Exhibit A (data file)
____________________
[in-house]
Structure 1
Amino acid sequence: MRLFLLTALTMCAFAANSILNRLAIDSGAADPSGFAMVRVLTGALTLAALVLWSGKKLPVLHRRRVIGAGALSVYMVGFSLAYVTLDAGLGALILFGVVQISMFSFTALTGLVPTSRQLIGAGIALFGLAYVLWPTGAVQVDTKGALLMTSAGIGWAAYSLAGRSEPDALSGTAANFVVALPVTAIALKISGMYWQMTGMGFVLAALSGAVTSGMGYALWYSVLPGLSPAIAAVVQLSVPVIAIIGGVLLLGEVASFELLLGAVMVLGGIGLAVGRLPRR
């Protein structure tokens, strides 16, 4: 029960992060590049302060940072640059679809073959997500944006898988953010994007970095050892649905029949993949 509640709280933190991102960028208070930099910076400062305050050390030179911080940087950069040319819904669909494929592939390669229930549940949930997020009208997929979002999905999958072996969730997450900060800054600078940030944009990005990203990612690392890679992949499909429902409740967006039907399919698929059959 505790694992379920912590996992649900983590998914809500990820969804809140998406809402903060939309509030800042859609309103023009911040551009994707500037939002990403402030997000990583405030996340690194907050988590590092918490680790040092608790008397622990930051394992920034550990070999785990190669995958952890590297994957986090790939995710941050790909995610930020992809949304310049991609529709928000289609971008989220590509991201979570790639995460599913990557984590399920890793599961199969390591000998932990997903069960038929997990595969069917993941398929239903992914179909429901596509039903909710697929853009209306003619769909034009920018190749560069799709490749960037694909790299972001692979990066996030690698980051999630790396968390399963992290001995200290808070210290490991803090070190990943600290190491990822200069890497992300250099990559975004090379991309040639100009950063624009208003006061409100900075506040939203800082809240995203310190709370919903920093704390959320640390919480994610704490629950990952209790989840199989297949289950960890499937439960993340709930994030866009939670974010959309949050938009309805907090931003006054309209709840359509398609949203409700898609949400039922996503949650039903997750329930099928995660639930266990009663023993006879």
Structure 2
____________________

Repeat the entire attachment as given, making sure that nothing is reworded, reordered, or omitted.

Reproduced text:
[in-house]
Structure 1
Amino acid sequence: MRLFLLTALTMCAFAANSILNRLAIDSGAADPSGFAMVRVLTGALTLAALVLWSGKKLPVLHRRRVIGAGALSVYMVGFSLAYVTLDAGLGALILFGVVQISMFSFTALTGLVPTSRQLIGAGIALFGLAYVLWPTGAVQVDTKGALLMTSAGIGWAAYSLAGRSEPDALSGTAANFVVALPVTAIALKISGMYWQMTGMGFVLAALSGAVTSGMGYALWYSVLPGLSPAIAAVVQLSVPVIAIIGGVLLLGEVASFELLLGAVMVLGGIGLAVGRLPRR
């Protein structure tokens, strides 16, 4: 029960992060590049302060940072640059679809073959997500944006898988953010994007970095050892649905029949993949 509640709280933190991102960028208070930099910076400062305050050390030179911080940087950069040319819904669909494929592939390669229930549940949930997020009208997929979002999905999958072996969730997450900060800054600078940030944009990005990203990612690392890679992949499909429902409740967006039907399919698929059959 505790694992379920912590996992649900983590998914809500990820969804809140998406809402903060939309509030800042859609309103023009911040551009994707500037939002990403402030997000990583405030996340690194907050988590590092918490680790040092608790008397622990930051394992920034550990070999785990190669995958952890590297994957986090790939995710941050790909995610930020992809949304310049991609529709928000289609971008989220590509991201979570790639995460599913990557984590399920890793599961199969390591000998932990997903069960038929997990595969069917993941398929239903992914179909429901596509039903909710697929853009209306003619769909034009920018190749560069799709490749960037694909790299972001692979990066996030690698980051999630790396968390399963992290001995200290808070210290490991803090070190990943600290190491990822200069890497992300250099990559975004090379991309040639100009950063624009208003006061409100900075506040939203800082809240995203310190709370919903920093704390959320640390919480994610704490629950990952209790989840199989297949289950960890499937439960993340709930994030866009939670974010959309949050938009309805907090931003006054309209709840359509398609949203409700898609949400039922996503949650039903997750329930099928995660639930266990009663023993006879």
Structure 2